+-----------------+
      /-| OFFSET 00000022 |
      | +-----------------+
      | | SIZE         41 |
      | +-----------------+
      | | NAME   test.txt |
      | +-----------------+
    /-+-| OFFSET 0000004b |
    | | +-----------------+
    | | | SIZE         20 |
    | | +-----------------+
    | | | NAME   blah.dat |
    | | +-----------------+-------------------------+
    | \>| FILE 1                                    |
    |   +----------------------+--------------------+
    \-->| FILE 2               |
        +----------------------+



Example of sequential files:

Code:
        +-----------------+
        | SIZE         41 |
        +-----------------+
        | NAME   test.txt |
        +-----------------+-------------------------+
        | FILE 1                                    |
        +-----------------+-------------------------+
        | SIZE         20 |
        +-----------------+
        | NAME   blah.dat |
        +-----------------+----+
        | FILE 2               |
        +----------------------+



Example of sequential table followed by sequential files:

Code:
        +-----------------+
        | FILES         2 |
        +-----------------+
        | SIZE         41 |
        +-----------------+
        | NAME   test.txt |
        +-----------------+
        | SIZE         20 |
        +-----------------+
        | NAME   blah.dat |
        +-----------------+-------------------------+
        | FILE 1                                    |
        +----------------------+--------------------+
        | FILE 2               |
        +----------------------+



Some variants and customizations:

  • relative file offsets, usually the absolute offset from which are
    calculated the relative file offsets is specified directly at the
    beginning of the archive or calculated before or after having read
    the whole TOC:
    • before: it can be accomplished only with fixed size file entries,
      for example with filenames having a maximum length:
      BASE_OFF = offset_first_entry + (entries * sizeof(entry))
    • after: it's necessary to parse the whole entries before knowing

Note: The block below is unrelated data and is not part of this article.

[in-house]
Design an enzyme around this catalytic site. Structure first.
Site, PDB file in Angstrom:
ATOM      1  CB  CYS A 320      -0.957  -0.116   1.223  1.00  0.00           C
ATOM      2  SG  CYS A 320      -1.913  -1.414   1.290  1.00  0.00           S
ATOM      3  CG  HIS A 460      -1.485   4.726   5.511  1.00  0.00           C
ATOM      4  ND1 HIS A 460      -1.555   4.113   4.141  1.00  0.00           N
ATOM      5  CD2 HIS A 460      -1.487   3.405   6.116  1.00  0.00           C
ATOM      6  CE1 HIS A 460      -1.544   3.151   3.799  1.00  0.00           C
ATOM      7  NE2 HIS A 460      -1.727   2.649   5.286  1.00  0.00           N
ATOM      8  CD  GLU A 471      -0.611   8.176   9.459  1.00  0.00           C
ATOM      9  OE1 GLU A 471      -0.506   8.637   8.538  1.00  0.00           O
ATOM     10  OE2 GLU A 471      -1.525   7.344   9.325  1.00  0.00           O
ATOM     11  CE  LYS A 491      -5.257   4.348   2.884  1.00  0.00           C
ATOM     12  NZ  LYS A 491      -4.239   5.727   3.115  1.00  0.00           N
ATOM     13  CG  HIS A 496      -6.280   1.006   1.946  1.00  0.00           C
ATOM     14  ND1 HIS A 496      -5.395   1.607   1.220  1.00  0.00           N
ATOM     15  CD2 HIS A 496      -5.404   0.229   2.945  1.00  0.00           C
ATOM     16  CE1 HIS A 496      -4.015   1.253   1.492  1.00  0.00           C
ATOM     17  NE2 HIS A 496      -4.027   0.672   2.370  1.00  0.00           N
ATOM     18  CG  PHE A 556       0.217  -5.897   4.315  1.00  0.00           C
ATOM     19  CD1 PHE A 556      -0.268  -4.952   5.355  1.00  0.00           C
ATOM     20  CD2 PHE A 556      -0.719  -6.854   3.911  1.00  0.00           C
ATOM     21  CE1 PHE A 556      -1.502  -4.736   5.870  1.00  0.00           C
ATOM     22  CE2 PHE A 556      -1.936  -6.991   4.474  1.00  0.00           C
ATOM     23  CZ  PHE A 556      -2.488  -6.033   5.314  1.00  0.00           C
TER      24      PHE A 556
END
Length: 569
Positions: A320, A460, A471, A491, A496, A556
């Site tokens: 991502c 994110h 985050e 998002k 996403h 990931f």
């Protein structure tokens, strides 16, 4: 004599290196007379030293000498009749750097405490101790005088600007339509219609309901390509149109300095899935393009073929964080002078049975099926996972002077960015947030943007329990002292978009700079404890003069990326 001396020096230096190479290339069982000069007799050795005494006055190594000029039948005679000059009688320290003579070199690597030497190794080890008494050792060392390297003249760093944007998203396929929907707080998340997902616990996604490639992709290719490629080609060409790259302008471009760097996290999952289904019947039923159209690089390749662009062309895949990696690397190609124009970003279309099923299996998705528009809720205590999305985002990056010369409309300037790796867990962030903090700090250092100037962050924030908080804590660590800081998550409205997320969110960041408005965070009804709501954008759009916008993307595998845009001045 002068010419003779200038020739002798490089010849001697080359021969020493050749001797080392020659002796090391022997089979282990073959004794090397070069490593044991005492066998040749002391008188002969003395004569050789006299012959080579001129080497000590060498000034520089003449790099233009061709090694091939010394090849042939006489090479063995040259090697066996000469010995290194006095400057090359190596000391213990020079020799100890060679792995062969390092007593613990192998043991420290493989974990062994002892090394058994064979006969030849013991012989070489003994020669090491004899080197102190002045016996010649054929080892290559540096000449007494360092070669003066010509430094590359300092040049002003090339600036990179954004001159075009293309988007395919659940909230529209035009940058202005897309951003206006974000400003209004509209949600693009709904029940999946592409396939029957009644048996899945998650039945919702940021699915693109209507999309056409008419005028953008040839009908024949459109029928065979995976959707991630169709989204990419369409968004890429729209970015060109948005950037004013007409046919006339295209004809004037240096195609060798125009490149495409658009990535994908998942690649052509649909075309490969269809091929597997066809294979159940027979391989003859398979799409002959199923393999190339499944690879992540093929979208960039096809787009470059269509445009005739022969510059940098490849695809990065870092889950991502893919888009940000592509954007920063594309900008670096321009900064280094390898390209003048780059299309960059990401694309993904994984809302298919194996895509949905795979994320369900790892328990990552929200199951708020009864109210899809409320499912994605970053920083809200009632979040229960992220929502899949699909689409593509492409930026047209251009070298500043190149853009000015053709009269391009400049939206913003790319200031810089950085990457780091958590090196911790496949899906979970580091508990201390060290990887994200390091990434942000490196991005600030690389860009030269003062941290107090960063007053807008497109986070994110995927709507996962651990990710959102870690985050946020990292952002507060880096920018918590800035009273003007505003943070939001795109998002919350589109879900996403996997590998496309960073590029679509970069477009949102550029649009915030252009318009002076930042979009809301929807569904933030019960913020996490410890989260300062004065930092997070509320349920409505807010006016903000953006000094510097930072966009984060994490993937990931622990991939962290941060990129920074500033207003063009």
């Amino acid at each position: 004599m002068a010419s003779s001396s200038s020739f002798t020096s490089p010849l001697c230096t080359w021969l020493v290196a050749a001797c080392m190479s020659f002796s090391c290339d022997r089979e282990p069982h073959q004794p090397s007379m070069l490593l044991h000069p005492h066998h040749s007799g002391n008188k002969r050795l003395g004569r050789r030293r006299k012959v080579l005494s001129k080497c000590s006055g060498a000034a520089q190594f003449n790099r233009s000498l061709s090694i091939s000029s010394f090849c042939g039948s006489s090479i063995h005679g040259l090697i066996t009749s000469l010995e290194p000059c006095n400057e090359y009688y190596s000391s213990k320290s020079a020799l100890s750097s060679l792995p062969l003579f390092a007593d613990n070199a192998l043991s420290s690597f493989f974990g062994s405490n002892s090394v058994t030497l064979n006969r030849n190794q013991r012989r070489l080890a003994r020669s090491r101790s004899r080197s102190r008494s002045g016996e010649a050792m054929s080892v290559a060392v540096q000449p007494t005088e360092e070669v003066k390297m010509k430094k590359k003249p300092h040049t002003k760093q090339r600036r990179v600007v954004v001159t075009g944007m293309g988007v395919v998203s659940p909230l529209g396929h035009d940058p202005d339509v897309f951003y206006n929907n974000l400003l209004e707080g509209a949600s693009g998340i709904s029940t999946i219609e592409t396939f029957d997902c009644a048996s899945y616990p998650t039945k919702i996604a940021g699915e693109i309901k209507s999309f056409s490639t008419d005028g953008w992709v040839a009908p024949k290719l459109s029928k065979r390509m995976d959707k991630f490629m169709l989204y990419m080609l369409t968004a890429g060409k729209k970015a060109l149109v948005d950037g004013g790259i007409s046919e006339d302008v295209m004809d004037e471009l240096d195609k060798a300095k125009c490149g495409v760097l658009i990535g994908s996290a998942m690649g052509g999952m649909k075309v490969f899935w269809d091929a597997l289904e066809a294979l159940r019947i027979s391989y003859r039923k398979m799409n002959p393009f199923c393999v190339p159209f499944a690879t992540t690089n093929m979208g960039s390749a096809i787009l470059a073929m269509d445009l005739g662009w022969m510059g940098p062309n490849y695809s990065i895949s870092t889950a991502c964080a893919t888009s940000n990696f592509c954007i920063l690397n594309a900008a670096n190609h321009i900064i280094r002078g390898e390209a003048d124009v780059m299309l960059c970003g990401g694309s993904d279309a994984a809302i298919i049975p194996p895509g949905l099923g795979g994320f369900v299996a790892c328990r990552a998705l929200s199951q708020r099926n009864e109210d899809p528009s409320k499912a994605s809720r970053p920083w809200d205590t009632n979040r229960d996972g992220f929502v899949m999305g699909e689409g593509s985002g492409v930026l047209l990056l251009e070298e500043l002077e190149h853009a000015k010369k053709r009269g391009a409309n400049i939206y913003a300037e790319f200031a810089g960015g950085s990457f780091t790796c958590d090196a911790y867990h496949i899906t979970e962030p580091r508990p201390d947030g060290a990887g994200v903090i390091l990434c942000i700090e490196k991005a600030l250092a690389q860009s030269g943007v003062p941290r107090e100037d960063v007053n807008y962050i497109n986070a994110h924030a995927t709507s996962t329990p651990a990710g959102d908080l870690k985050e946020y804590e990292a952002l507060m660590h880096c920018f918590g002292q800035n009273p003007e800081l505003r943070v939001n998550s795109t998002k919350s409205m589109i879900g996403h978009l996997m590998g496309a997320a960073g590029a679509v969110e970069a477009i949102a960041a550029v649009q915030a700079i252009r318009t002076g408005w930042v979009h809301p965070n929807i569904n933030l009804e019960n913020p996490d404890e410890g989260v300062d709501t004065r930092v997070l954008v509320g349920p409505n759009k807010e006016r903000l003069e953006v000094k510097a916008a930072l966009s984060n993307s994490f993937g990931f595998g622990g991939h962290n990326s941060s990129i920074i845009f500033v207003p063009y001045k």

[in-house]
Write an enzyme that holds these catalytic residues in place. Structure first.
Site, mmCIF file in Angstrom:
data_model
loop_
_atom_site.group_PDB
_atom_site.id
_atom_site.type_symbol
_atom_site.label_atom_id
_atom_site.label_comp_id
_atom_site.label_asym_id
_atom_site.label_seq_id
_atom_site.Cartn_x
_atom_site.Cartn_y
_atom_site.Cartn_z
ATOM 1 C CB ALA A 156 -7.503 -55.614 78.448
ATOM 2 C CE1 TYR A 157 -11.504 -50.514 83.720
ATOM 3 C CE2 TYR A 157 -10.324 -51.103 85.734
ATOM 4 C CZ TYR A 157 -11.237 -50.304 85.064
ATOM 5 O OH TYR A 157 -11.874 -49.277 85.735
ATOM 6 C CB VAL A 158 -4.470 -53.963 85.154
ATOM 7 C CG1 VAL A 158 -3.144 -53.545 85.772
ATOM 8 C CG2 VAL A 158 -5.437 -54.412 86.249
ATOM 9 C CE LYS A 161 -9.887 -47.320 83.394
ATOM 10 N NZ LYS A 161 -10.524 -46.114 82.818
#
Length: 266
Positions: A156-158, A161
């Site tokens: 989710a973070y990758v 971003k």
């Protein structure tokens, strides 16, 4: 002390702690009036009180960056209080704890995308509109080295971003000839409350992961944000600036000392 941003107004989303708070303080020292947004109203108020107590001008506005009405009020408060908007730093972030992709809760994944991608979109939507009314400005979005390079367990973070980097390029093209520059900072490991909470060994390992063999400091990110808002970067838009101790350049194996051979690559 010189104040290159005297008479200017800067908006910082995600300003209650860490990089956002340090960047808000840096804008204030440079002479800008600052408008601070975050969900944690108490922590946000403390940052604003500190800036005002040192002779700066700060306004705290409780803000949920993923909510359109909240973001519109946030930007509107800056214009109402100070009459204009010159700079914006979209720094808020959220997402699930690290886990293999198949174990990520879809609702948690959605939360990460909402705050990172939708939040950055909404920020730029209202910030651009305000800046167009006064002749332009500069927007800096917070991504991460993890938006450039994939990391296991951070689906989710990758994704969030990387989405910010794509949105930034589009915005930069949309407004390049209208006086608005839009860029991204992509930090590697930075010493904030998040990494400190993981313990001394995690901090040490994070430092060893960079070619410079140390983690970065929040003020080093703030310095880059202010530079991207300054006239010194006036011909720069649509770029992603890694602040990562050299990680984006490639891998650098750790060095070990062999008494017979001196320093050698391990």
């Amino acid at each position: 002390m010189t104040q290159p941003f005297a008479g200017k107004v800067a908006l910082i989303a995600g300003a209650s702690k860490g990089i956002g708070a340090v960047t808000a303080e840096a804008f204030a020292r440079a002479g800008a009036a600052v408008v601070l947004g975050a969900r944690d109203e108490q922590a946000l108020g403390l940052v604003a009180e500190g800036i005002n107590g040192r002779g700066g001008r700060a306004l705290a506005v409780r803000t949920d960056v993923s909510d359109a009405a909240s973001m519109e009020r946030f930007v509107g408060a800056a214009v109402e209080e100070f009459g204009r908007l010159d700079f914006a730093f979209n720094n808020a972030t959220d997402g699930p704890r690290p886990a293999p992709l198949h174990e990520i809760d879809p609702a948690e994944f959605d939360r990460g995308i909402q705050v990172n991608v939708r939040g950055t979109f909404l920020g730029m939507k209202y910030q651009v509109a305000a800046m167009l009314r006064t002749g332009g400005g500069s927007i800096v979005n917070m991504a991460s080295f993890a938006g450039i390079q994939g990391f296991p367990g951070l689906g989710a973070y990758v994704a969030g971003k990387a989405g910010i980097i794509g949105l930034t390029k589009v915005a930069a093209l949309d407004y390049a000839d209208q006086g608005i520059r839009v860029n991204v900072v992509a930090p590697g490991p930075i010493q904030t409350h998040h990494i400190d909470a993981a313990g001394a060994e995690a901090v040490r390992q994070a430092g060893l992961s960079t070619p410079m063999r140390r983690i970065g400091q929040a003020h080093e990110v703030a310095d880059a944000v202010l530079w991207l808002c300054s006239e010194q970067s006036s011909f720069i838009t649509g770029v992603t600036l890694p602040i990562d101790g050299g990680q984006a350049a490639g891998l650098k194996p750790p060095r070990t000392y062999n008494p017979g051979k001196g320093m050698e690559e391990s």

this offset
  • sector offset: quite common on PlayStation games where the specified
    offsets must be multiplied by 2048 (size of disk sector)
  • TOC at the end: the TOC is often located at the beginning of the
    archive but some games prefer to put it at the end for being able to
    update the archive in future with new content, usual methods:
    • header at beginning telling the offsets where is located the TOC
    • few bytes of information at the end containing the TOC offset or
      just the size of the TOC from which can be retrieved the offset
  • nested tree: usually the filenames already include the full path like
    models\character\chara_1.mdl but sometimes the whole directory tree
    is stored in the archive (folders and files) and it requires to be
    parsed recursively
  • sometimes TOC may be compressed
  • chunked files: see later
  • TOC in a separate file: usually called "index file", a small file
    that contains all the information of the files archive in a "data
    file", usually they share the same name and different extension, for
    example: archive.idx and archive.dat
  • ZIP format: sometimes games use just a ZIP archive for containing
    their files, some games may try to implement a custom version of the
    ZIP format as it happens with those that add a new compression
    algorithm (Forza Motorsport and Dark Sector) or those that use some
    different fields or don't use the classical "PK" magic values for the